Zero jobs. That, according to the Department of Labor's Bureau of Labor Statistics, is what the U.S. economy added in August. The U3, or official, unemployment rate, which as Meteor Blades would have pointed out "is calculated from a different survey than the one determining the number of jobs gained or lost," held steady at 9.1%. Fourteen million people are unemployed by this measure. The U6, a measure of unemployment counting part-time workers who want full-time work and discouraged workers who have not looked for jobs recently enough to be counted in the U3 but would still like to work, rose slightly from 16.1% to 16.2%.
Among the major worker groups, the unemployment rates for adult men (8.9 percent), adult women (8.0 percent), teenagers (25.4 percent), whites
(8.0 percent), blacks (16.7 percent), and Hispanics (11.3 percent) showed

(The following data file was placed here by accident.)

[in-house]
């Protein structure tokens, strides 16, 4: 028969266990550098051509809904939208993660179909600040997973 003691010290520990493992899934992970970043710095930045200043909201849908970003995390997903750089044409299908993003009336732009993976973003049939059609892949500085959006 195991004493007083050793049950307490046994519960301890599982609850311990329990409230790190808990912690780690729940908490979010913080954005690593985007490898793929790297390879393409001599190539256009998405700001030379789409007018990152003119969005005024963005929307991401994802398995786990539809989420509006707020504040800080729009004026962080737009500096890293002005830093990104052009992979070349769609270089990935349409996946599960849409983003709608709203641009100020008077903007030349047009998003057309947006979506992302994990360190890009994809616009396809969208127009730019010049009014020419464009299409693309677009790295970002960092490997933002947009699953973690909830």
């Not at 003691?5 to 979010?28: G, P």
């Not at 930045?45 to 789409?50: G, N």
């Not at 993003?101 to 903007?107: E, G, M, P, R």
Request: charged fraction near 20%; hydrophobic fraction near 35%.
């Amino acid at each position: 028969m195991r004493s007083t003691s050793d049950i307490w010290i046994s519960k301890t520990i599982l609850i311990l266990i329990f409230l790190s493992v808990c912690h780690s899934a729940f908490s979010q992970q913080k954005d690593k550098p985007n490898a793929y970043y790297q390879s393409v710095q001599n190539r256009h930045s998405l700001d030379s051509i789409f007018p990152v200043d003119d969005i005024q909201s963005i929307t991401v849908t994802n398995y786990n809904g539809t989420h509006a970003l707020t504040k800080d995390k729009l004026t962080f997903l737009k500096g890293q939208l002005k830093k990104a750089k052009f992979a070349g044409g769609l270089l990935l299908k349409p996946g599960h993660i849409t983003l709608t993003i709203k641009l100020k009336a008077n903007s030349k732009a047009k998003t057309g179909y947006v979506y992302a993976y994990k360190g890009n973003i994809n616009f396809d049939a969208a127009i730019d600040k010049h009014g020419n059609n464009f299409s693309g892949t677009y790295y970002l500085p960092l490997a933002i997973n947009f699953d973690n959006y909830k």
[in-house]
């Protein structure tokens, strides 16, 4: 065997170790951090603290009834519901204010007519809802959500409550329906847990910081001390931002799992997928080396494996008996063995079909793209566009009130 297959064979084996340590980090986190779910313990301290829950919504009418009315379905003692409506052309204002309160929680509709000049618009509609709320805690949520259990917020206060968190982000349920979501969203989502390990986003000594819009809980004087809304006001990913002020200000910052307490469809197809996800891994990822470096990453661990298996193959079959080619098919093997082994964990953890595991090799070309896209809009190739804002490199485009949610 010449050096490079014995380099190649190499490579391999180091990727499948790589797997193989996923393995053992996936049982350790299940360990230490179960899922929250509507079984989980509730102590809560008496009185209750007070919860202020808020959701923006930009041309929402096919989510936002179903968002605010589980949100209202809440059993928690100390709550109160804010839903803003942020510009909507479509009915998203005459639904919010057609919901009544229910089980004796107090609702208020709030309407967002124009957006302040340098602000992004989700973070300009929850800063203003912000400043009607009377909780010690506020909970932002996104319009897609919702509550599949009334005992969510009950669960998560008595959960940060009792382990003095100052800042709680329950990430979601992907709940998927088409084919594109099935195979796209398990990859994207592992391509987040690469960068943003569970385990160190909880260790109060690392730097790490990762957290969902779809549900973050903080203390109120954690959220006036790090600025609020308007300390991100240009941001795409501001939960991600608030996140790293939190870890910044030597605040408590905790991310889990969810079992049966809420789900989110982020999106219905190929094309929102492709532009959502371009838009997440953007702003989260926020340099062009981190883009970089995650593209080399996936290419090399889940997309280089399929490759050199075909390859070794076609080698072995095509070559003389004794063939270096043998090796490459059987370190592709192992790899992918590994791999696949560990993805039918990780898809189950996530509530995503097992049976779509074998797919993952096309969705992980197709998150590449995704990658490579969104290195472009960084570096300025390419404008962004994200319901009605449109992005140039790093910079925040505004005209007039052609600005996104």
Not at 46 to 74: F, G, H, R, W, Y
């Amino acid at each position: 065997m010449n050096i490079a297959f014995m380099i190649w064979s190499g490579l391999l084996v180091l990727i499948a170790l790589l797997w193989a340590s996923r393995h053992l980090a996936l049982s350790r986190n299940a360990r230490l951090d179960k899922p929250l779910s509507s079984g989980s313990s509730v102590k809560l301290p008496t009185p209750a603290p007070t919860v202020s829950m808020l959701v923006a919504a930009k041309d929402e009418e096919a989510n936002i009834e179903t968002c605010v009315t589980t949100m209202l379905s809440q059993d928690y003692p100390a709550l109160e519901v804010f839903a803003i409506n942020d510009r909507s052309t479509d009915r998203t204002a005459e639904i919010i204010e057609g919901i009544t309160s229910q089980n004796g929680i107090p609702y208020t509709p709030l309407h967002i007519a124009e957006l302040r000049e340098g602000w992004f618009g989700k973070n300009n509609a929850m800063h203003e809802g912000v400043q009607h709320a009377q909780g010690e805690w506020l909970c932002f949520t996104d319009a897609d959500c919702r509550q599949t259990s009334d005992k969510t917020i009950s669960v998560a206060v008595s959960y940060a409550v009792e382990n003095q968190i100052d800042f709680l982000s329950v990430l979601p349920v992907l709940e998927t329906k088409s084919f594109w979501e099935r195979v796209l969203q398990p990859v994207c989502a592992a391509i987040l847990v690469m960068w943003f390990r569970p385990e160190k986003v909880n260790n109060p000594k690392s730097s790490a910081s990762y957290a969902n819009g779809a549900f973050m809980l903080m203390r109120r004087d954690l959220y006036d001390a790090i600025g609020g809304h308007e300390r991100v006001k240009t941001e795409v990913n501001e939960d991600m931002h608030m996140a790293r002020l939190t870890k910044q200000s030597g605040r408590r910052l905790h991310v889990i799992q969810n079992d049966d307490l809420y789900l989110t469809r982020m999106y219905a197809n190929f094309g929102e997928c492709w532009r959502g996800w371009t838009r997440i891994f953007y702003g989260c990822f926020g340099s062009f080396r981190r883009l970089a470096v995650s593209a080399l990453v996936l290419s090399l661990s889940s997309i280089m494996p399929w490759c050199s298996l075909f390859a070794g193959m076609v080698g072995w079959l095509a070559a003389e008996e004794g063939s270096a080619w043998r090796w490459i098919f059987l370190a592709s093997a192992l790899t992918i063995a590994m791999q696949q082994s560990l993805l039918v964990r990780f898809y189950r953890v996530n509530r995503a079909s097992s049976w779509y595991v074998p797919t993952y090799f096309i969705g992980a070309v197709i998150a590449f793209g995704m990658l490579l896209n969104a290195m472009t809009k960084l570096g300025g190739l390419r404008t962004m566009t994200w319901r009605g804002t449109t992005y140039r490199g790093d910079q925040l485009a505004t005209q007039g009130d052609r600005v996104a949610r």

little or no change in August. The jobless rate for Asians was 7.1 percent,
not seasonally adjusted.
Long-term unemployment was "about unchanged" at 6 million people who have been without work for six months or more, accounting for 42.9% of jobless workers.
The number of people who are working part-time involuntarily and would prefer full-time work was at 8.8 million, up from 8.4 million.
The labor force participation rate increased very slightly to 64%, and the employment-population ratio increased by a similarly small amount to 58.2%
You might say that zero jobs fell short of expectations: "analysts had forecast that between 60,000 and 100,000 jobs would be created." The Verizon strike does account for 45,000 jobs counted as lost in August, but obviously the report would remain weak even without that factor.
Obviously this disappointing report is the backdrop against which President Obama's jobs speech next week will be seen; of course, given the hole the jobs economy must climb out of, even a better-than-expected jobs report would have left unemployment, and particularly long-term unemployment, at emergency levels. For Republican politicians who place Obama's defeat in 2012 over the well-being of America's economy and workers, this is good news. For Obama, it's yet another wake-up call to treat unemployment as an emergency that can't be fixed with small tweaks and timid policy.